Union County is seeing an increasing number of school bus stop arm violations prompting Tim Kenyon, Union County attorney, to raise an alarm.
The last seven days have seen five stop arm violations, and there have been 24 violations since Sept. 6, 2017.
“As far as I’m concerned,” said Kenyon, “I wouldn’t use the word epidemic casually, but to have 24 of these tickets in the school year, and to have five within the last week to 10 days – to me that is extraordinary. It’s an unusual circumstance and it really may be an epidemic in the traffic world.
“That’s 24 occasions when a child could have been hit by a car and killed,” he added. “And every time one of these violations happens, generally, it would not be one child killed – usually, they are letting more than one child out. This is one of those things where it would be unlikely that only one person would be injured. It would be likely that you would have one child, if not more, severely injured or killed.”
Senate File 2218, the “Keep Aware Driving — Youth Need School Safety Act,” also known as “Kayden’s Law” was signed by former Iowa Gov. Terry Branstad in March 2012. Kayden was Kayden Halverson, a 7-year-old girl from Kensett, who, in 2011, was struck by a pickup driven by Aaron Gunderson. Halverson was struck as she was crossing the street to get on the school bus. She was killed instantly.
Passing a school bus with flashing red lights and an extended stop arm is a misdemeanor. The first offense results in the loss of driving privileges for 30 days. For a second offense, the driver would lose driving privileges for 90 days, and the third offense is classified as a serious misdemeanor under which driving privileges would be suspended for 180 days. Other penalties might include fines up to $1,875 and up to one year imprisonment.
“The thing that really gets people’s attention is that there is an automatic license revocation that goes along with it and there are folks that, for lack of a better word, are not aware that that’s in there,” Kenyon said. “As far as the DOT (Department of Transportation) is concerned [the revocation of driving privileges] is mandatory. It is not an issue that we have any direct control over.”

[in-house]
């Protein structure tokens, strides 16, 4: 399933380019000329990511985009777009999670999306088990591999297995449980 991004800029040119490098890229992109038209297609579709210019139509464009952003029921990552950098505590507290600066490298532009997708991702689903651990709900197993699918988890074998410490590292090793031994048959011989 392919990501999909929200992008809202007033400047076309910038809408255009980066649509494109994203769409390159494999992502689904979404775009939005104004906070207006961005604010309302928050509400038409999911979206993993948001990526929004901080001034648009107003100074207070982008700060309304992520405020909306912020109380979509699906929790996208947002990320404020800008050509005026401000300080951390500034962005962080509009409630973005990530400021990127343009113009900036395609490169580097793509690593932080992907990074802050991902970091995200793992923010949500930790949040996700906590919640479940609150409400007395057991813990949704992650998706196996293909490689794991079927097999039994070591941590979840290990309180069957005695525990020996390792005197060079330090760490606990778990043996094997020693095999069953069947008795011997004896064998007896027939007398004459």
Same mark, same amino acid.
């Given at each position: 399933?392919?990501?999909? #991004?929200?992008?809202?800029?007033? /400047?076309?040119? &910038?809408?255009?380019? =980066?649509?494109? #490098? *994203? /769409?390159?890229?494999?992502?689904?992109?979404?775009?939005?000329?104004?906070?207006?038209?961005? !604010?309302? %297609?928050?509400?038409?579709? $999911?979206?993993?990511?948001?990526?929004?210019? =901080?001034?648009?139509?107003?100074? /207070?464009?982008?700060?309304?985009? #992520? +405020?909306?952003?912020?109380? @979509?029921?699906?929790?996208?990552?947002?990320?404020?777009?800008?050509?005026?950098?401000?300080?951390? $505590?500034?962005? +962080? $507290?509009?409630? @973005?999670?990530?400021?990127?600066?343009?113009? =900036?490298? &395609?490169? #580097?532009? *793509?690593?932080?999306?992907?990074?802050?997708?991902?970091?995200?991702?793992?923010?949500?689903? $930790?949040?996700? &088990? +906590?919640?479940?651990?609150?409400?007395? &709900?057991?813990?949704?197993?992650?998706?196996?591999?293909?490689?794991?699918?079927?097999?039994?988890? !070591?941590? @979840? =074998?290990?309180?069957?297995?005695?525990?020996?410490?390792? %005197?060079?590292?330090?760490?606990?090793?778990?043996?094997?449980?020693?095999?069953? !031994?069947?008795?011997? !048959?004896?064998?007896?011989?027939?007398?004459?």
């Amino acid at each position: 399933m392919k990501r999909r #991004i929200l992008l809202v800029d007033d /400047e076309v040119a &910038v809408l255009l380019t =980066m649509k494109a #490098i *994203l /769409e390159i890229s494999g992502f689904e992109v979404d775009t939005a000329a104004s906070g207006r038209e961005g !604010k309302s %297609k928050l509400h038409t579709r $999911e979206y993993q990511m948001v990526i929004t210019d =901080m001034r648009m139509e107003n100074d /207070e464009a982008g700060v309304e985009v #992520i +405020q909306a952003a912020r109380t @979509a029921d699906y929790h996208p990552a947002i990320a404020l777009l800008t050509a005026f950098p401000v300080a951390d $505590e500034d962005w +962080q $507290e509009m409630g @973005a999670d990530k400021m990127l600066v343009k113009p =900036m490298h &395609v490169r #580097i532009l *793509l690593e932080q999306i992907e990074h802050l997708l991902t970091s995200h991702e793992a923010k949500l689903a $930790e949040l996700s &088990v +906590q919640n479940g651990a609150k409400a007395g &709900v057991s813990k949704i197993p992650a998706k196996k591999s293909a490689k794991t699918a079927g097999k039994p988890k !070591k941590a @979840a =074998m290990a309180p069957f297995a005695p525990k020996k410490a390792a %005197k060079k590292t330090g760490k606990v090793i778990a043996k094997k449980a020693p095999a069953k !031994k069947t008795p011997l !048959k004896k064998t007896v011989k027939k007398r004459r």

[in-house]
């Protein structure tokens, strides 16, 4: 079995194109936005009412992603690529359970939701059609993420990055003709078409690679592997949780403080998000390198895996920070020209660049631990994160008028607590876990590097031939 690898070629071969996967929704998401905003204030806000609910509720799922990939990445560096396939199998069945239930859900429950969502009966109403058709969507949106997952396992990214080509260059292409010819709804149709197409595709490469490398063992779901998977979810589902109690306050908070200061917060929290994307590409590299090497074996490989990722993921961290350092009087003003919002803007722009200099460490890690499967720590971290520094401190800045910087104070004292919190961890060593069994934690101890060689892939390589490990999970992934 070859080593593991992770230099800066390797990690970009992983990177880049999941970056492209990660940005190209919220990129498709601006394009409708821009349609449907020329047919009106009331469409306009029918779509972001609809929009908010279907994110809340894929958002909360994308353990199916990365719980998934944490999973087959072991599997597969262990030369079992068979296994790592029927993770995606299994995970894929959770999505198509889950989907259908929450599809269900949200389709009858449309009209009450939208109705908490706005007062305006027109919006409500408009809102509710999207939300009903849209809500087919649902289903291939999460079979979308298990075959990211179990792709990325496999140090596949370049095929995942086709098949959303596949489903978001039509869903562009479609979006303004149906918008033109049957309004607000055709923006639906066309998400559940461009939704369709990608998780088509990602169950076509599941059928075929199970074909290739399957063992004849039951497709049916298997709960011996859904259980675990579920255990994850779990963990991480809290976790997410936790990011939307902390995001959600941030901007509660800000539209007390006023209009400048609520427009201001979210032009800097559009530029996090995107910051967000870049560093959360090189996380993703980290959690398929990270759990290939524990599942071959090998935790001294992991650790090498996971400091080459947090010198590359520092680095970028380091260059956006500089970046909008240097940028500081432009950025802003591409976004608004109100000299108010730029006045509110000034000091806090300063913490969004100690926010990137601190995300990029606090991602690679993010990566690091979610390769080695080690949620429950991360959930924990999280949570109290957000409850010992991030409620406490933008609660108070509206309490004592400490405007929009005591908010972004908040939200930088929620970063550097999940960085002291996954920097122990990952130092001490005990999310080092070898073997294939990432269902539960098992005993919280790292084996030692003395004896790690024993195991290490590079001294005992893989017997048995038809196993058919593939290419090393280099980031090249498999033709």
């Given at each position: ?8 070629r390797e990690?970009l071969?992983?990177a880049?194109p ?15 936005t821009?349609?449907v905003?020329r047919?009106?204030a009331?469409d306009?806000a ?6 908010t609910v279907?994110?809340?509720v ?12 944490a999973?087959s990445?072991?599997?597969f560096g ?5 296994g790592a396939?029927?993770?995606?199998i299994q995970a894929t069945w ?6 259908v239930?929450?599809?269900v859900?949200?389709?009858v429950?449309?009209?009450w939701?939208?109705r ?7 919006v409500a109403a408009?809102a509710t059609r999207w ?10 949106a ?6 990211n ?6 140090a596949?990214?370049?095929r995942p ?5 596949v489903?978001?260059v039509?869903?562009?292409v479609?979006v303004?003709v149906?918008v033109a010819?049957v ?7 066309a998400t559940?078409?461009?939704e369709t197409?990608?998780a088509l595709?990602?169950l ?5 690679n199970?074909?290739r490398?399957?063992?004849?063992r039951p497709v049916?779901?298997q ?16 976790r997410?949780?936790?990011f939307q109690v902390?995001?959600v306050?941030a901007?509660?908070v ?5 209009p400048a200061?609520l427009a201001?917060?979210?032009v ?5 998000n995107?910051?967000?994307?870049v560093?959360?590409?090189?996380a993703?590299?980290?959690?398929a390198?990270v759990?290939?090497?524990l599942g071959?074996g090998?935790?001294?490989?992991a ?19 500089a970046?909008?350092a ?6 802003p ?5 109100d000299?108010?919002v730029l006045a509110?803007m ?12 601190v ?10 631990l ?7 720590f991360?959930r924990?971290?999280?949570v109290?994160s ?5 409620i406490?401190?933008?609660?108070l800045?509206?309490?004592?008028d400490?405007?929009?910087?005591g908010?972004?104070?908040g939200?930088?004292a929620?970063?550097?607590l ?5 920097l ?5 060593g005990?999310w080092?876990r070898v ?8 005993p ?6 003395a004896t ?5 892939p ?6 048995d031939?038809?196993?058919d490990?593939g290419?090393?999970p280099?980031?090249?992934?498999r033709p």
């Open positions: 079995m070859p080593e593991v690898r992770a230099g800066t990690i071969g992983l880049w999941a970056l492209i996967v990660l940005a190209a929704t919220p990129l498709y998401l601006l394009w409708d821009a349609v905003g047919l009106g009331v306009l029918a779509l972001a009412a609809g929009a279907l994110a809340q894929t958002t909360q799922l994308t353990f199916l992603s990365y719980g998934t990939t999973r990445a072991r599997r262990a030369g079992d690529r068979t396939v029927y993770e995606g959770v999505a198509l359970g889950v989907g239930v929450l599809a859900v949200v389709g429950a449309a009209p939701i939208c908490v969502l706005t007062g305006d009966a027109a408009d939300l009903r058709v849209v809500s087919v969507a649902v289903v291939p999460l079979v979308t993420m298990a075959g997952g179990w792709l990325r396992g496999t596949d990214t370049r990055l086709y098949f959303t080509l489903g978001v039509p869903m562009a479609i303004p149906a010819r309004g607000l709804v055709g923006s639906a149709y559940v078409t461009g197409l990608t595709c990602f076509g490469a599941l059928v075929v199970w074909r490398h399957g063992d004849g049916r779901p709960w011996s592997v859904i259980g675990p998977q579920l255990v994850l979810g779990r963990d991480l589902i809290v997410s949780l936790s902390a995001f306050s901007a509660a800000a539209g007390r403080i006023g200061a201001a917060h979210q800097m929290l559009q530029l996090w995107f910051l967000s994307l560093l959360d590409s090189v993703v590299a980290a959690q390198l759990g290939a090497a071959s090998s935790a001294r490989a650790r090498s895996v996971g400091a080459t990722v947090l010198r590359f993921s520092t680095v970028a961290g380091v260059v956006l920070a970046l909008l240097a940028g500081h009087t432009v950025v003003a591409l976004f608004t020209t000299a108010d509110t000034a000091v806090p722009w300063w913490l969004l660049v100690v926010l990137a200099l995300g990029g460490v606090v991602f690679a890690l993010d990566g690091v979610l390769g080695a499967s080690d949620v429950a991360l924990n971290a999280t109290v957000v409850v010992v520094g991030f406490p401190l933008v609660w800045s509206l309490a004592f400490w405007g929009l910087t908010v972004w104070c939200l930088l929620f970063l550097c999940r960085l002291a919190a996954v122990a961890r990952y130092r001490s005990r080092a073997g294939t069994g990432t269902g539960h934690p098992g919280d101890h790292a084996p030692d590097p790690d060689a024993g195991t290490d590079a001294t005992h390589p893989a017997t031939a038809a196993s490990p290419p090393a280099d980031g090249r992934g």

Generally, the citation goes to the owner of the vehicle, Kenyon added, unless there are circumstances that can prove someone else was driving the vehicle.
Creston Community Schools buses are equipped with two cameras that capture stop arm violations. One camera points forward and shows the stop arm is out and functioning properly while the other camera is pointed backward and is equipped to magnify the license plate to the offending vehicle.
“We try to unload the students on the right side,” Bob Beatty, transportation director for Creston Community Schools, said. “We have had some violations out there on Highway 25 where [the children] are crossing the highway. But, the drivers are watching and we’re talking to the kids and letting them know when it’s safe to cross the road, or we don’t let them off the bus until we make sure the cars are stopped.”
Both Beatty and Kenyon said they do not believe the violations are intentional, and that people simply need to pay attention when they are sharing the road with a school bus.
We can’t stop the world from doing stupid stuff,” said Kenyon, “but we can help educate some of those people so that we don’t have a tragedy. That’s really where I would focus my goal here. As a prosecutor, I feel like we need to educate people that there is a danger out there, and we can minimize it or eliminate it completely if we pay attention.”